Consequently, the Council of Ministers that aimed to improve the Cyprus Investment Program, introduced additional changes that came into effect this year. The overall purpose of the changes was to enhance the credibility and the efficiency of the program and to secure the country’s reputation with an ultimate goal of benefitting the economy. Indeed, the new guidelines meant that the program is now more regulated while the investment is safeguarded through legal provisions. Additionally, the program acquired a socially responsible character, since the new changes provide for support for research and development as well as for contribution to housing incentives for sensitive groups, which have been affected by the increase in housing prices caused by the program’s popularity.


In May, a donation of 150,000 euros was introduced, which is split between the Research and Innovation Foundation and the Cyprus Land Development Corporation. In spite of the beneficial aspect of the donation to the society at large, this criterion has increased the overall cost of the investment, especially taking into account the relevant duties and taxes (e.g. VAT on new properties.)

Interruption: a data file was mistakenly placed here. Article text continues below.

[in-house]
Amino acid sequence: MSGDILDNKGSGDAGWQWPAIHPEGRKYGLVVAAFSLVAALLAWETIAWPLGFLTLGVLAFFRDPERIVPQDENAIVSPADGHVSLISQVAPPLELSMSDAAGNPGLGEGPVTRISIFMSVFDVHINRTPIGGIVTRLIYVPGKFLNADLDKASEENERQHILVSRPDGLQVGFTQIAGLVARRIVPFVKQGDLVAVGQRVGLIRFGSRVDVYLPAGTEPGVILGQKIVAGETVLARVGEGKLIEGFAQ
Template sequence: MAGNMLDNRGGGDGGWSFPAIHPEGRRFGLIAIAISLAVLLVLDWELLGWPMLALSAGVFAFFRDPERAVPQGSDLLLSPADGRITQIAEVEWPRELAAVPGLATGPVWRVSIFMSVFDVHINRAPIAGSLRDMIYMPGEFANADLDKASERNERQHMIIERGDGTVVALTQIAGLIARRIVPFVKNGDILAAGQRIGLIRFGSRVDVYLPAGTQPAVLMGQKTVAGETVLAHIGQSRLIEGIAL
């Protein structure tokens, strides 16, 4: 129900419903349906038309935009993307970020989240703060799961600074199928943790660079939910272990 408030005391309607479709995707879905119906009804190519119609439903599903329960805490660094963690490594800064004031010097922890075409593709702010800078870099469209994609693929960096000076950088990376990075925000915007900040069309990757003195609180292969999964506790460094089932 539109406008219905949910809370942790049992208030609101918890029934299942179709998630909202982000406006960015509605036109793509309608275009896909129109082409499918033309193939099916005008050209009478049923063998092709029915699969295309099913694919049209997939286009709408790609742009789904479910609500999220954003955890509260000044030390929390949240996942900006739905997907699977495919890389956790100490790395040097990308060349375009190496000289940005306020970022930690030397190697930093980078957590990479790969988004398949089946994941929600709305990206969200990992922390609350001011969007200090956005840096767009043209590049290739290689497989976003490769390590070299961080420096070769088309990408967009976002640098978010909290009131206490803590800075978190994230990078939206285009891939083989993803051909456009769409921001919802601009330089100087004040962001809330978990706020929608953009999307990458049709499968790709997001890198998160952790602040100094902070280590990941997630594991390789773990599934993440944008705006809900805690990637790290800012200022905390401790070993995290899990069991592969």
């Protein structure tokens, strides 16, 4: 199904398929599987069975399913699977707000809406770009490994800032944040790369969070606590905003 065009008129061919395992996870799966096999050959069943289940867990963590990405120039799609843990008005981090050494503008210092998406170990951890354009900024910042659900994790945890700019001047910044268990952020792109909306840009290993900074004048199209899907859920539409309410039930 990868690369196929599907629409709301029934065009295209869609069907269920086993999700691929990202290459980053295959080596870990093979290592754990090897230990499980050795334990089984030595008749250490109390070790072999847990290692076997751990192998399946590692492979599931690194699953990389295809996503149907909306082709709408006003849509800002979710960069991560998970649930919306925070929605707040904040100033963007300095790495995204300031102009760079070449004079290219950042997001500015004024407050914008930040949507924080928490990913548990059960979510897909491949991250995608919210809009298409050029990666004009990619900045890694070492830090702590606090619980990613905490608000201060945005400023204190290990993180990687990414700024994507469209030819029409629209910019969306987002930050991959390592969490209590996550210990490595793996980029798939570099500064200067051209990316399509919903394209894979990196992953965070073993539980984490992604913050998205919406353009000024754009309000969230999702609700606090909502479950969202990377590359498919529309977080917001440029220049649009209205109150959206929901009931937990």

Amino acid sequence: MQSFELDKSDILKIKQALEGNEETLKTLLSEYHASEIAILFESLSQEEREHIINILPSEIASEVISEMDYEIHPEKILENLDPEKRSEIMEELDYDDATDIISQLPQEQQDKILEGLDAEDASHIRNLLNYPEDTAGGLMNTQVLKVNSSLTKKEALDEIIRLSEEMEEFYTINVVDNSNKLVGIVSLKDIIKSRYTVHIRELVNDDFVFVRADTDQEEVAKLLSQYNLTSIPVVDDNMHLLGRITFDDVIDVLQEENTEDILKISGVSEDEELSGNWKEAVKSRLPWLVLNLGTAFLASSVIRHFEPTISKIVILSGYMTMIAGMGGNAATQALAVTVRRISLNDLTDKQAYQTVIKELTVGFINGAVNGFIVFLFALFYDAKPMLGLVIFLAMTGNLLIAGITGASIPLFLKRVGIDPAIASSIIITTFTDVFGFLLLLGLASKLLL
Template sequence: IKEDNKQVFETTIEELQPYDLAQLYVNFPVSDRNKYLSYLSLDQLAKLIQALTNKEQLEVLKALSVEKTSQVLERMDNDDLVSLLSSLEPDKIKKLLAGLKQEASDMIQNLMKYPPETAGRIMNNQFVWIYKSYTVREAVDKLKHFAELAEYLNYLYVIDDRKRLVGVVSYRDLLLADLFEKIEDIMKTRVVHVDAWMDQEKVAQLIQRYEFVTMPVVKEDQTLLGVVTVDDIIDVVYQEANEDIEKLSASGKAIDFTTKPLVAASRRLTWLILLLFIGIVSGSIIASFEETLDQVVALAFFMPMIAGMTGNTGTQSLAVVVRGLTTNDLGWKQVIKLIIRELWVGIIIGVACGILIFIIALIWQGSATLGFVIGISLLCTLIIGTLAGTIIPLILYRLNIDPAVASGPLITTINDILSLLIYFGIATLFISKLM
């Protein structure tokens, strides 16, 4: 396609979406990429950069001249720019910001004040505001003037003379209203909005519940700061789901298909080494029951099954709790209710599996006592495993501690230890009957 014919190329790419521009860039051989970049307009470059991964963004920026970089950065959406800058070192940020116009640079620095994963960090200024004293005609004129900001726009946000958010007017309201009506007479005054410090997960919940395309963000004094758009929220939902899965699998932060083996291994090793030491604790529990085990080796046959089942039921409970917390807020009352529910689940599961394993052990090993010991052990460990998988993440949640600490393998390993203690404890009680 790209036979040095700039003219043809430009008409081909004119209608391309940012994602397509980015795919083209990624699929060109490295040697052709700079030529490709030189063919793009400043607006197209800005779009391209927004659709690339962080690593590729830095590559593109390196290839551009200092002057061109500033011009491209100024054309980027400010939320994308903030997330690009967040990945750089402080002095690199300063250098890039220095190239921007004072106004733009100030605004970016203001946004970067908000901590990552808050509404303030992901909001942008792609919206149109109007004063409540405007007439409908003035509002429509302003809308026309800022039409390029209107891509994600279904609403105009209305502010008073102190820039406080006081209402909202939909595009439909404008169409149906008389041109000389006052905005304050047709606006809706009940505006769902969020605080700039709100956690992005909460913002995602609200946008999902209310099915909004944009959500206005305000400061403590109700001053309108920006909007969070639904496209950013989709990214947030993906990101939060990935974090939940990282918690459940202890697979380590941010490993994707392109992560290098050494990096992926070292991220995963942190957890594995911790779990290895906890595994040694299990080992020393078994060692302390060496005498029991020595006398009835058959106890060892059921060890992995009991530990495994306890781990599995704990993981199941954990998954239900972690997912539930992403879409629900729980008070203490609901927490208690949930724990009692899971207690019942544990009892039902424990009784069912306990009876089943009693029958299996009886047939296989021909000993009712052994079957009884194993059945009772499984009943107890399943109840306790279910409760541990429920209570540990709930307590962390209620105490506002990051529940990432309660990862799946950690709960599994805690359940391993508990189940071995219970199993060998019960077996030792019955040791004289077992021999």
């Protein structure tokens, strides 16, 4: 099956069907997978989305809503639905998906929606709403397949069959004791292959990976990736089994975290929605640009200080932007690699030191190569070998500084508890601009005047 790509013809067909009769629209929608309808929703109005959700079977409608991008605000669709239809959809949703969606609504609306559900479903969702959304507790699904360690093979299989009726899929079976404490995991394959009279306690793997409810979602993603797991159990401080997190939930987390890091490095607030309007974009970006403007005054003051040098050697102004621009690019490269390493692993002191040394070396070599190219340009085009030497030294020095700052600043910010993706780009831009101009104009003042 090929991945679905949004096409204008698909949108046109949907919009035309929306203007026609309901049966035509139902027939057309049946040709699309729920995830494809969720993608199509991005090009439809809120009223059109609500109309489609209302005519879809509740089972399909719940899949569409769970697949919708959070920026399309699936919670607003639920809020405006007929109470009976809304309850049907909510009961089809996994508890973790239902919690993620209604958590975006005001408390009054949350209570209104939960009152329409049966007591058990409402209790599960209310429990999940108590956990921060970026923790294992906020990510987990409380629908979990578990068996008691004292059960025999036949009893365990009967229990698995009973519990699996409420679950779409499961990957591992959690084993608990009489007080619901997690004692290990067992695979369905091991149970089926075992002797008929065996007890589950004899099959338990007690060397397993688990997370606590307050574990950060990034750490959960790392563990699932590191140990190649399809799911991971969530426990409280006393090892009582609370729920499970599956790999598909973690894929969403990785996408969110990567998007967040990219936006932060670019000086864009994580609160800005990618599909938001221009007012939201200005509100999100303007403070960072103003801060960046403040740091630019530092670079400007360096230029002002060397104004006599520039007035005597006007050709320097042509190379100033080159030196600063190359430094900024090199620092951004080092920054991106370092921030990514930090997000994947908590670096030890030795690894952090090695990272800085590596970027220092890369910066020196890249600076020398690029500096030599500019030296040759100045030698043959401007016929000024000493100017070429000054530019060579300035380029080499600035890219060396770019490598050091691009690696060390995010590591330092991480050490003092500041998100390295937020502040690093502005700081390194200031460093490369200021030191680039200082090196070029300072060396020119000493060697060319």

In July, the Council of Ministers decided to impose the requirement for the donation, following the approval of a successful citizenship application, instead of requiring the donation at the early stages before the submission of the application. This was a positive development for interested investors since their funds will not be donated if and when a citizenship application is rejected.